We have started the third year of Appleseeds this week, with new friends and new play things. Our "old" Appleseeds children have enjoyed meeting their new friends and showing them all kinds of new tricks. The weather, for now, is giving us delightfully cool mornings. We have been doing our circle time outside after we have cleaned up our outside toys. I've made our circle to incorporate lots of BIG movement, and so we pretend that we are Old Gnome, waking up and going out into the meadow to see what we can see. We crawl across the pine needles under the clothes line, climb up the hay bale mountain, crawl through a tunnel of "blueberry bushes" and out of our garden gate. Then we log roll down the slip n' slide mat and climb over the climbing dome and come to an "apple tree". We jump and jump to try to reach the (imaginary) apples, and then shake our bodies pretending that we're shaking the tree. We pick up all the imaginary apples, and crawl back up the hill, through the tunnel and over the hay bales. We dump out all the apples which roll all over (so we roll all over), then we settle down to make "applesauce" with our applesauce verse. As you can imagine, the kids and I are exhausted after such an active circle, and so we go in to wash up and have our snack.
Over the week, we've been working on making some pom-pom apples to hang on our branch in our nursery. The children wrap thick yarn around and through a pom-pom form. When they've wrapped it very thickly, I cut through the yarn and bind it in the middle. I remove the form, and then the children can trim up the pom pom so that it's round and full.
I told a story about Old Gnome this week, in which Old Gnome goes down to the pond to do some fishing. He instead finds that Froggy Boggy has been doing somersaults and has bumped his head, needing to be pulled out by Old Gnome. After Froggy is safe and sound, all the frogs and Old Gnome settle down to a nice afternoon of playing. During our lunchtime, I've been reading Peter In Blueberry Land to the children. It is quite a long picture book, so lunch is a perfect way for the children to practice listening to a fairly long story.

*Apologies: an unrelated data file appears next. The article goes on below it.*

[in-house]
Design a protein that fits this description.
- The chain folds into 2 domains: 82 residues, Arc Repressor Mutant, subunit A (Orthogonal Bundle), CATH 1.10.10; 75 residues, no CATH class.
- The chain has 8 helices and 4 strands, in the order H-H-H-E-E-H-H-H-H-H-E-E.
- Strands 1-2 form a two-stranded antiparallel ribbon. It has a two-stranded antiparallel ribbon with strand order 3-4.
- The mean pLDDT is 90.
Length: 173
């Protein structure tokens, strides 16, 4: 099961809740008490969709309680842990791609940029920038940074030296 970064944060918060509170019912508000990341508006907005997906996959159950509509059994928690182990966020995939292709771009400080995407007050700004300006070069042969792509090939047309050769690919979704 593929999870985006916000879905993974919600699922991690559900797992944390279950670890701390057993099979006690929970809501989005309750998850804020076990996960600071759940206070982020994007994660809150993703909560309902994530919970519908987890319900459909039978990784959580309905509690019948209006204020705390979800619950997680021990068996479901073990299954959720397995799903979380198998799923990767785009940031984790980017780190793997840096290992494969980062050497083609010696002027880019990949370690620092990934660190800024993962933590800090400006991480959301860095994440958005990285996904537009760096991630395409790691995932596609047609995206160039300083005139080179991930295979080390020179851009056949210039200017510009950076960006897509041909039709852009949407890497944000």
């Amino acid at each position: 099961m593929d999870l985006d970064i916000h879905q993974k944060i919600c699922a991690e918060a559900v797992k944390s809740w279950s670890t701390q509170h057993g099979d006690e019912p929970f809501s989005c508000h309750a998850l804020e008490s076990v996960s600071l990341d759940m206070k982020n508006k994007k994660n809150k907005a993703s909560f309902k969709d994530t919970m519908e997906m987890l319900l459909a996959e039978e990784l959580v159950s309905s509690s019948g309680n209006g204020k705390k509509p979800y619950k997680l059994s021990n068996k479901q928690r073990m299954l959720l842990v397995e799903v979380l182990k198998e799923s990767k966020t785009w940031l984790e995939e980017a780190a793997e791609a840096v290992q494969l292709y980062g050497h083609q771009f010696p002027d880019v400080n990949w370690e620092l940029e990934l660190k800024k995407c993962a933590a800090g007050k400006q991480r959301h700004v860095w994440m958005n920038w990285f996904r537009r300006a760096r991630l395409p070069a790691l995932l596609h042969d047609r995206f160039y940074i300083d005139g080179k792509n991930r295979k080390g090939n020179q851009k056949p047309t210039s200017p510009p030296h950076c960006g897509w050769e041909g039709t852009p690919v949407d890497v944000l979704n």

Our summers at Appleseeds are pretty simple. We make use of the sprinkler and pools for a variety of purposes. The children dig and build things, have popsicles, and we do a small craft. We let summer unwind slowly, and if it happens to be a nice, breezy day, we may stay out for an extra long time, enjoying a respite from the generally humid days. This summer, I found that the children really gravitated towards car washing and city pretend play, so much of their play was built around that. Outside, we used shaving cream and sprinklers to give both large and small cars a wash. Inside, the children loved building apartments and expanding from there. First one child would build an apartment, then another would add an extra apartment on. They would fill their apartments with toys, but then find they needed to clean it up in order to invite a friend over for "dinner". They would clean it up and have a friend over but decide to go to a restaurant instead. Then a restaurant would need to be opened by another child. They'd serve food and then run out, needing to have more delivered. Another child would become a delivery person. Then, a fire would break out in the kitchen. Luckily, some children were employed as firemen and quickly put it out. After that, the electricians would come and put up some new wiring, and so it would go. It was so lovely to watch the children go with one another's train of thought.
I try to make summer a rich sensory experience, allowing for children to feel both the heat of the sun and the coolness of water, how chalk gets brighter and dissolves when used on a wet surface, the grittiness of sand, the softness of bubbles. Our crafts, though not very fancy, allow children to experience the blending of watercolors, how to hold scissors and cut, how to master the fine motor skill of picking up sequins or tiny pieces of tissue paper and stick them "just so". But another very important reason for these simple crafts is for children to understand the idea of completing a project. It will become more important as they get older to sit and work on something over a series of days and to see it to completion. Sometimes they may not like the process, but they are always proud when they've finished the whole thing.